The company's debt-laden balance sheet, coupled with persistently low copper prices, could mean Glencore is sitting on a ticking debt time-bomb.
"The management have outlined a plan that ensures they can survive and protect their credit rating until this time next year," Marc Elliot, an analyst at Investec, told City A.M.
He said that the crux was whether the company will have to refinance its bonds, and while he thinks Glencore will be able to this, it will become harder if copper prices continue to fall.
"It's mostly down to Glencore's balance sheet. That's the biggest issue and that's what's scaring investors at the moment," Brenda Kelly, head analyst at London Capital Group, told City A.M.
Shares in Glencore ended the day at a new record low, down 29.4 per cent to 68.62p per share in London. The fallout also sent shockwaves through the mining sector, with Anglo American shares ending the day 10 per cent lower.
Read more: City confidence in Glencore evaporates
Separate data from financial services information company Markit showed Glencore's five-year credit default swaps rose to a new record high today, suggesting investors were growing increasingly concerned about the company's debt.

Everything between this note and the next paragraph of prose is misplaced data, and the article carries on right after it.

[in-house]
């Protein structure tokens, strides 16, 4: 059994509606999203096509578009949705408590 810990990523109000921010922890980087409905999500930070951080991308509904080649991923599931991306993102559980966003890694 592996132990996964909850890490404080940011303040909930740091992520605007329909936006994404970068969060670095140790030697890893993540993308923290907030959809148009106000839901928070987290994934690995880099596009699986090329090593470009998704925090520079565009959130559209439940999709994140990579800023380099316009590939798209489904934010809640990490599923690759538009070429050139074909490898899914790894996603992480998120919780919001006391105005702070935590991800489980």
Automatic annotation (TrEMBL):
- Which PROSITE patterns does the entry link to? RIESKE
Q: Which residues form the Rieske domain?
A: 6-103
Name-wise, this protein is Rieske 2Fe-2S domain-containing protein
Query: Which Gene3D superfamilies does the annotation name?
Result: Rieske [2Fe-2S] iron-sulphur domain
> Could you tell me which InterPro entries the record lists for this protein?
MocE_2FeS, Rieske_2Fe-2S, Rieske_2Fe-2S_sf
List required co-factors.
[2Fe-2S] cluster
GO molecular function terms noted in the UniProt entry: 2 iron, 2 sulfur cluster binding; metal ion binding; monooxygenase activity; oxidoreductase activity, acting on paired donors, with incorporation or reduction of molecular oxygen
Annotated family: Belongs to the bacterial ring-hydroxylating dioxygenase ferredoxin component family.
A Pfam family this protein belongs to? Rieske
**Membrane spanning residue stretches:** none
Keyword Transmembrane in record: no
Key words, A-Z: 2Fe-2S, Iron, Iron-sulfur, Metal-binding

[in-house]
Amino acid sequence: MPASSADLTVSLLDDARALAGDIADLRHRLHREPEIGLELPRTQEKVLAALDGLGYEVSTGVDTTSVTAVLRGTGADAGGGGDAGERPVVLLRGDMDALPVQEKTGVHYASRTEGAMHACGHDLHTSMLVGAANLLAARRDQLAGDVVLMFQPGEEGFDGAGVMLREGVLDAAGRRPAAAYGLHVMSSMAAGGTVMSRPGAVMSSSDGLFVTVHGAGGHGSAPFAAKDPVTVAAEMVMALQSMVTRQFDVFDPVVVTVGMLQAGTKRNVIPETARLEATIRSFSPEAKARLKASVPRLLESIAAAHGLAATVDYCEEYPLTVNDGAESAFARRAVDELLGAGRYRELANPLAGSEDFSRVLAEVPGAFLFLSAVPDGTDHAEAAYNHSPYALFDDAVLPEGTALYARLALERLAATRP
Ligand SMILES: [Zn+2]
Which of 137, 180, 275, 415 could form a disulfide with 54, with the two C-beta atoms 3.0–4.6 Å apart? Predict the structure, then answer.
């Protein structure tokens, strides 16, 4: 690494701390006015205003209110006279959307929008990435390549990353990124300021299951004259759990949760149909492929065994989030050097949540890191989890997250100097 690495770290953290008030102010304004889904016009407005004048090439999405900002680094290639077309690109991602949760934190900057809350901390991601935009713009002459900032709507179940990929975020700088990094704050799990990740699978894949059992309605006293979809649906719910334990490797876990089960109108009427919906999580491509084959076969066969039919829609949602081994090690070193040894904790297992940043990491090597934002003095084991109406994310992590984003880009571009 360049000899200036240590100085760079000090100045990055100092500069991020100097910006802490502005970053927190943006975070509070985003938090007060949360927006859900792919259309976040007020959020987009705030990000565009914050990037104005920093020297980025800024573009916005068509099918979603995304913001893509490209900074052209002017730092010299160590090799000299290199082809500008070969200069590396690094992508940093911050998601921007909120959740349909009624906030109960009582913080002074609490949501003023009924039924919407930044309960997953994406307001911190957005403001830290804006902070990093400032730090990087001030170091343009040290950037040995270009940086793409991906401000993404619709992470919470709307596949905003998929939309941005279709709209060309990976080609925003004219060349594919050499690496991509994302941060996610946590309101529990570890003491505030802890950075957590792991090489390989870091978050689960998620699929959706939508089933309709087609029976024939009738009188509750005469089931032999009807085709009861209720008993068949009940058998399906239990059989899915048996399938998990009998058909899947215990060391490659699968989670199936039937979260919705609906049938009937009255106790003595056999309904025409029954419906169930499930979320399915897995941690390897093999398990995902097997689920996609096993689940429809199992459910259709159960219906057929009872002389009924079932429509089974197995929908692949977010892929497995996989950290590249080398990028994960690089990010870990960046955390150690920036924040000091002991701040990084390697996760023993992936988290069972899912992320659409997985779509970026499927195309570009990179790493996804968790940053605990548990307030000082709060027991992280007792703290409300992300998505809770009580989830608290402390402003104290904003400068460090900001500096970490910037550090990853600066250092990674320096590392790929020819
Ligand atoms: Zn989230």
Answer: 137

Glencore's five-year credit default swaps rose to 708 basis points today, outstripping the previous highs of around 670 basis points hit in October 2011.
Analysts added that Glencore isn't necessarily a takeover target, however a management buyout could be on the cards at some point in the future. The company's record-breaking flotation in 2011 turned its owners into millionaires and billionaires.
"The fact it's heavily indebted and has spent a huge amount of cash trying to service those debts alone does mean it's not necessarily an obvious takeover target at the moment, especially if copper prices continue to decline," Kelly said.
"Longer-term if things don't improve at some point [Glencore's management] could take it private," Elliot said.